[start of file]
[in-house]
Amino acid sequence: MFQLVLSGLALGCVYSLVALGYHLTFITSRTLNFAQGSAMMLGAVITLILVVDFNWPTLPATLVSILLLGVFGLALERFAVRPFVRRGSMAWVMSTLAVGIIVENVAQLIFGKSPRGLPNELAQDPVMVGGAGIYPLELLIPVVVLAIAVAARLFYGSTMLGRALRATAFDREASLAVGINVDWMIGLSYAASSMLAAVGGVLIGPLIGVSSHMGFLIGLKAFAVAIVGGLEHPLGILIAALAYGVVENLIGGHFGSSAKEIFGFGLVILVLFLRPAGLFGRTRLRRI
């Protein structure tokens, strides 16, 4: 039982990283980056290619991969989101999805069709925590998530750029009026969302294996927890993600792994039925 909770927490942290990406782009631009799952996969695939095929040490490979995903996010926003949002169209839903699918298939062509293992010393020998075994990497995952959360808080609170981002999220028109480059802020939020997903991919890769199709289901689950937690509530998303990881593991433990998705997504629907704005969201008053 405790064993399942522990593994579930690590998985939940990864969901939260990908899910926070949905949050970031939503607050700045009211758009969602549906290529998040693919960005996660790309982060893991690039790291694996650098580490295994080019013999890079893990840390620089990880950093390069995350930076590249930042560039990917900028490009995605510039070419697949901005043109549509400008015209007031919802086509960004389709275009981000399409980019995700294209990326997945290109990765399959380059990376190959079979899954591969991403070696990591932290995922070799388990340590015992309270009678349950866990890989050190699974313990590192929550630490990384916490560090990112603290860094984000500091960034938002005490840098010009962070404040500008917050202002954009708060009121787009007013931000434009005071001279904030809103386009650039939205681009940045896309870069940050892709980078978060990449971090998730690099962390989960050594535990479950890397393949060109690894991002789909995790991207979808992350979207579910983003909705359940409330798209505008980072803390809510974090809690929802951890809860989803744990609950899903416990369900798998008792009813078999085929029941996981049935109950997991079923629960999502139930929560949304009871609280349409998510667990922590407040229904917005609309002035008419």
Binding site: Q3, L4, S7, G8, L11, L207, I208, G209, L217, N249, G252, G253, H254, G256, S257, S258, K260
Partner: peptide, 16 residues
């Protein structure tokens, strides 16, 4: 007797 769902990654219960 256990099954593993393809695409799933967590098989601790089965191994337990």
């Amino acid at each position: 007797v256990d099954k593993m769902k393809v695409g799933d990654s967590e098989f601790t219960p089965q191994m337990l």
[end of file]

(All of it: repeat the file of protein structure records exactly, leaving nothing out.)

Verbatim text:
[in-house]
Amino acid sequence: MFQLVLSGLALGCVYSLVALGYHLTFITSRTLNFAQGSAMMLGAVITLILVVDFNWPTLPATLVSILLLGVFGLALERFAVRPFVRRGSMAWVMSTLAVGIIVENVAQLIFGKSPRGLPNELAQDPVMVGGAGIYPLELLIPVVVLAIAVAARLFYGSTMLGRALRATAFDREASLAVGINVDWMIGLSYAASSMLAAVGGVLIGPLIGVSSHMGFLIGLKAFAVAIVGGLEHPLGILIAALAYGVVENLIGGHFGSSAKEIFGFGLVILVLFLRPAGLFGRTRLRRI
């Protein structure tokens, strides 16, 4: 039982990283980056290619991969989101999805069709925590998530750029009026969302294996927890993600792994039925 909770927490942290990406782009631009799952996969695939095929040490490979995903996010926003949002169209839903699918298939062509293992010393020998075994990497995952959360808080609170981002999220028109480059802020939020997903991919890769199709289901689950937690509530998303990881593991433990998705997504629907704005969201008053 405790064993399942522990593994579930690590998985939940990864969901939260990908899910926070949905949050970031939503607050700045009211758009969602549906290529998040693919960005996660790309982060893991690039790291694996650098580490295994080019013999890079893990840390620089990880950093390069995350930076590249930042560039990917900028490009995605510039070419697949901005043109549509400008015209007031919802086509960004389709275009981000399409980019995700294209990326997945290109990765399959380059990376190959079979899954591969991403070696990591932290995922070799388990340590015992309270009678349950866990890989050190699974313990590192929550630490990384916490560090990112603290860094984000500091960034938002005490840098010009962070404040500008917050202002954009708060009121787009007013931000434009005071001279904030809103386009650039939205681009940045896309870069940050892709980078978060990449971090998730690099962390989960050594535990479950890397393949060109690894991002789909995790991207979808992350979207579910983003909705359940409330798209505008980072803390809510974090809690929802951890809860989803744990609950899903416990369900798998008792009813078999085929029941996981049935109950997991079923629960999502139930929560949304009871609280349409998510667990922590407040229904917005609309002035008419």
Binding site: Q3, L4, S7, G8, L11, L207, I208, G209, L217, N249, G252, G253, H254, G256, S257, S258, K260
Partner: peptide, 16 residues
């Protein structure tokens, strides 16, 4: 007797 769902990654219960 256990099954593993393809695409799933967590098989601790089965191994337990």
């Amino acid at each position: 007797v256990d099954k593993m769902k393809v695409g799933d990654s967590e098989f601790t219960p089965q191994m337990l």